In the wake of accusations of widespread racism on the University of Missouri’s (MU) campus in Columbia, the university announced this week that it will implement mandatory diversity and inclusion training for all faculty, staff, and students.
Recent incidents on campus are said to have lead to the training’s implementation. Last month, the president of the Missouri Students Association, who is African American, said he was called the “N-word,” and more recently, an intoxicated student was removed from campus for shouting racial slurs at black students.
Several protests followed these incidents, and students called on university administration to take action. Several students also used Twitter to voice their concerns, and dissatisfaction over their not being addressed, by tweeting at Chancellor R. Bowen Loftin, stating that “it is time for more than forums.”
Last week, two days after an on-campus Black Lives Matter sit-in held by students, Loftin announced the university’s decision to implement diversity and inclusion training. He called on students to live by the values of “respect, responsibility, discovery, and excellence.”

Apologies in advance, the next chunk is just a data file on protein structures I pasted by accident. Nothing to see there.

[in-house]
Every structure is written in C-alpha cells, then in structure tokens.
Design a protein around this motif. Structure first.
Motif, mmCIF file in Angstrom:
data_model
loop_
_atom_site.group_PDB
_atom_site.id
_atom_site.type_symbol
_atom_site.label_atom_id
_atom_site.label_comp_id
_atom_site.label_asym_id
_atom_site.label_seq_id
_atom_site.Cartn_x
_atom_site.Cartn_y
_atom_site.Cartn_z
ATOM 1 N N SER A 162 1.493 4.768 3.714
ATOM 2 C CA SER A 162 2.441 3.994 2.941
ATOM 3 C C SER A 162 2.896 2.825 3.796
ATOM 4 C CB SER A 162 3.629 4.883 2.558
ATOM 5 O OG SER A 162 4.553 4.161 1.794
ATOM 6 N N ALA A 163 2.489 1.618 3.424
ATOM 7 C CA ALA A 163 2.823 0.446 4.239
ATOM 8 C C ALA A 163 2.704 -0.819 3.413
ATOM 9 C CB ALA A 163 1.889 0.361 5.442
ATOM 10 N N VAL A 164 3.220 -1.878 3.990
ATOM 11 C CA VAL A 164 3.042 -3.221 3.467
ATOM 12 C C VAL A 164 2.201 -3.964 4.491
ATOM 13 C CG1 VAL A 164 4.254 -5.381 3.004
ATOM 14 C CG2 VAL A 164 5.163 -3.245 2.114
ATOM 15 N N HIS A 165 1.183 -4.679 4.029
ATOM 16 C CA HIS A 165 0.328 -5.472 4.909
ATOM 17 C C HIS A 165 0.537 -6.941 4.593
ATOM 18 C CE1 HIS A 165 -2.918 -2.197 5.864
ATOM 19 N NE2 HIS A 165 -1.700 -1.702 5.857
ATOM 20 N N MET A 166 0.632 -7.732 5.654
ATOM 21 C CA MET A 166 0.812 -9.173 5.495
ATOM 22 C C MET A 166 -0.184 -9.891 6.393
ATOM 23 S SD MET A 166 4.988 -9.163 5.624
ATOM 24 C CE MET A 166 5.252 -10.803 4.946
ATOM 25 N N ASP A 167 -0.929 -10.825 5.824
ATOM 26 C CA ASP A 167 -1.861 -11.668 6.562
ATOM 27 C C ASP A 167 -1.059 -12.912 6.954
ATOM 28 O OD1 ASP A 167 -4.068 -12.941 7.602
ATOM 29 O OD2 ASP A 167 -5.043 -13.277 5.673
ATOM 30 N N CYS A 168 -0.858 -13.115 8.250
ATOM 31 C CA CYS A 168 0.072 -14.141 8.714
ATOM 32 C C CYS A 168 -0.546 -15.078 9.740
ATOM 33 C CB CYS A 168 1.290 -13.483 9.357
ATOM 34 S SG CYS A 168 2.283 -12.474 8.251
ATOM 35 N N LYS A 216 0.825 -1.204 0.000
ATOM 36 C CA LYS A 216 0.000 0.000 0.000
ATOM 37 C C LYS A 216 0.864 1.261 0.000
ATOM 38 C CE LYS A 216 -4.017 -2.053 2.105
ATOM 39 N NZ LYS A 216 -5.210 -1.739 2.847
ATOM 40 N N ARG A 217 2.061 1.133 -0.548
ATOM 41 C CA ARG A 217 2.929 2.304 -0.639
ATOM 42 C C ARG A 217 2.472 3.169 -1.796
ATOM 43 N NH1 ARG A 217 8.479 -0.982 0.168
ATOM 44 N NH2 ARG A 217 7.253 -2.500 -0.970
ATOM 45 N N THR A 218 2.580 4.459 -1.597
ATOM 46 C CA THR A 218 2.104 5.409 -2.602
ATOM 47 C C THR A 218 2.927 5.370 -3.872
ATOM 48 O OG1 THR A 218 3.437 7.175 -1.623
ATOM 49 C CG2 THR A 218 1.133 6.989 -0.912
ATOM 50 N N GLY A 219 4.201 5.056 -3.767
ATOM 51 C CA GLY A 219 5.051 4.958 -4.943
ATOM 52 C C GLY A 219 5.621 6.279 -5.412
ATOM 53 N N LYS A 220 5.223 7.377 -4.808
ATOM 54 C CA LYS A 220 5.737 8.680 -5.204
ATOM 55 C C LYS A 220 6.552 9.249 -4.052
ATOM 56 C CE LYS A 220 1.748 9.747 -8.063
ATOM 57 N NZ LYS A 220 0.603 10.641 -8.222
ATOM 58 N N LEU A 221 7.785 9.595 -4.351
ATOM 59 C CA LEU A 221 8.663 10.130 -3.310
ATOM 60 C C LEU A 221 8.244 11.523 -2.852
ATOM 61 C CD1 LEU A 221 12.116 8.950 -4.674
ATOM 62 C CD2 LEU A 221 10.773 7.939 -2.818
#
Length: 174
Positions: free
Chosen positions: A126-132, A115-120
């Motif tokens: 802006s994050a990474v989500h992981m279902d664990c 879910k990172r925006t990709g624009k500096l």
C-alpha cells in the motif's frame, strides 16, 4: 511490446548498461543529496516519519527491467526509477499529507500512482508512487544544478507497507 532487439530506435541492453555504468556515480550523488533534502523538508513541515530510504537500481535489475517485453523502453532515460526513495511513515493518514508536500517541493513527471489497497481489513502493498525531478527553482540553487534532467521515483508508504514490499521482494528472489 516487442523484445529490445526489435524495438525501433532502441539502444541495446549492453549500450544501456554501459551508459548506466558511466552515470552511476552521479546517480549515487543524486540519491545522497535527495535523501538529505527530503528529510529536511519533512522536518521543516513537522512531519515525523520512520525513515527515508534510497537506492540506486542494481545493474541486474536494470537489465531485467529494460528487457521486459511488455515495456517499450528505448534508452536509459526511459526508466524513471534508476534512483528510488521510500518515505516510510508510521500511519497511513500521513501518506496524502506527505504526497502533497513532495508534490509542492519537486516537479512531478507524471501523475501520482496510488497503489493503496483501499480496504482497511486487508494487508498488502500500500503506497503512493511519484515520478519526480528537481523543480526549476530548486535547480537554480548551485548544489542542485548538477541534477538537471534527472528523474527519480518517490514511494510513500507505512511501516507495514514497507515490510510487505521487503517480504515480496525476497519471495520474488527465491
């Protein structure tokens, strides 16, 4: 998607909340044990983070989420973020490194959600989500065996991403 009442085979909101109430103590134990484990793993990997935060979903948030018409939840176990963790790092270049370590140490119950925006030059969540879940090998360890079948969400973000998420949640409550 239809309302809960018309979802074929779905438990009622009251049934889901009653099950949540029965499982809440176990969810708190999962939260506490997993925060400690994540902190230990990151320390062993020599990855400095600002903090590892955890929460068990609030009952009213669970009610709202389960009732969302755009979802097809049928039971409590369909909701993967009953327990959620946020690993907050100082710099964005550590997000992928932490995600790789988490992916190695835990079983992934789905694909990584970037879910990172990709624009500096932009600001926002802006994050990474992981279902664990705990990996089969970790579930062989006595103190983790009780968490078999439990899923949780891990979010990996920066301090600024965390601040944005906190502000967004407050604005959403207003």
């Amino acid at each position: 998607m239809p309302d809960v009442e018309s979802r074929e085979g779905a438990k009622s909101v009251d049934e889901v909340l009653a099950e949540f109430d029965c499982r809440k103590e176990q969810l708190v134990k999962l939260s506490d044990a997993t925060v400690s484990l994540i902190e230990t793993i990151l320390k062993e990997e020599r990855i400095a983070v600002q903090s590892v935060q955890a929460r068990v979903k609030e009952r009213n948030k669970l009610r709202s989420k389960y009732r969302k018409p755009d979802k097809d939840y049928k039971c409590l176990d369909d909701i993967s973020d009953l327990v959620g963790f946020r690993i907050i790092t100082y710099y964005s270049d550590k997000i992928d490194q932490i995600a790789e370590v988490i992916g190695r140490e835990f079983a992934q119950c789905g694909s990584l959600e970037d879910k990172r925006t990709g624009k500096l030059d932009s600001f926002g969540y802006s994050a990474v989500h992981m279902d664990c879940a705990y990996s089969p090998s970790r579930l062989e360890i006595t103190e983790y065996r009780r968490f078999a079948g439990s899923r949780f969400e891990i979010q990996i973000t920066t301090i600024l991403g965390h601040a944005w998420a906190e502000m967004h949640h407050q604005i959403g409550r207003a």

Training for faculty and staff will begin immediately. Beginning in January, all incoming MU students will be required to complete the training program — which informs them of campus resources and emphasizes each student’s responsibility to be inclusive — in order to be eligible to enroll in classes, according to the announcement.
Loftin said he hopes the training will “create awareness of and address conscious and unconscious discrimination toward each other and our students.”
In addition to the training, MU is looking to hire a vice chancellor for inclusion, diversity, and equity and will expand diversity training to include any new faculty members.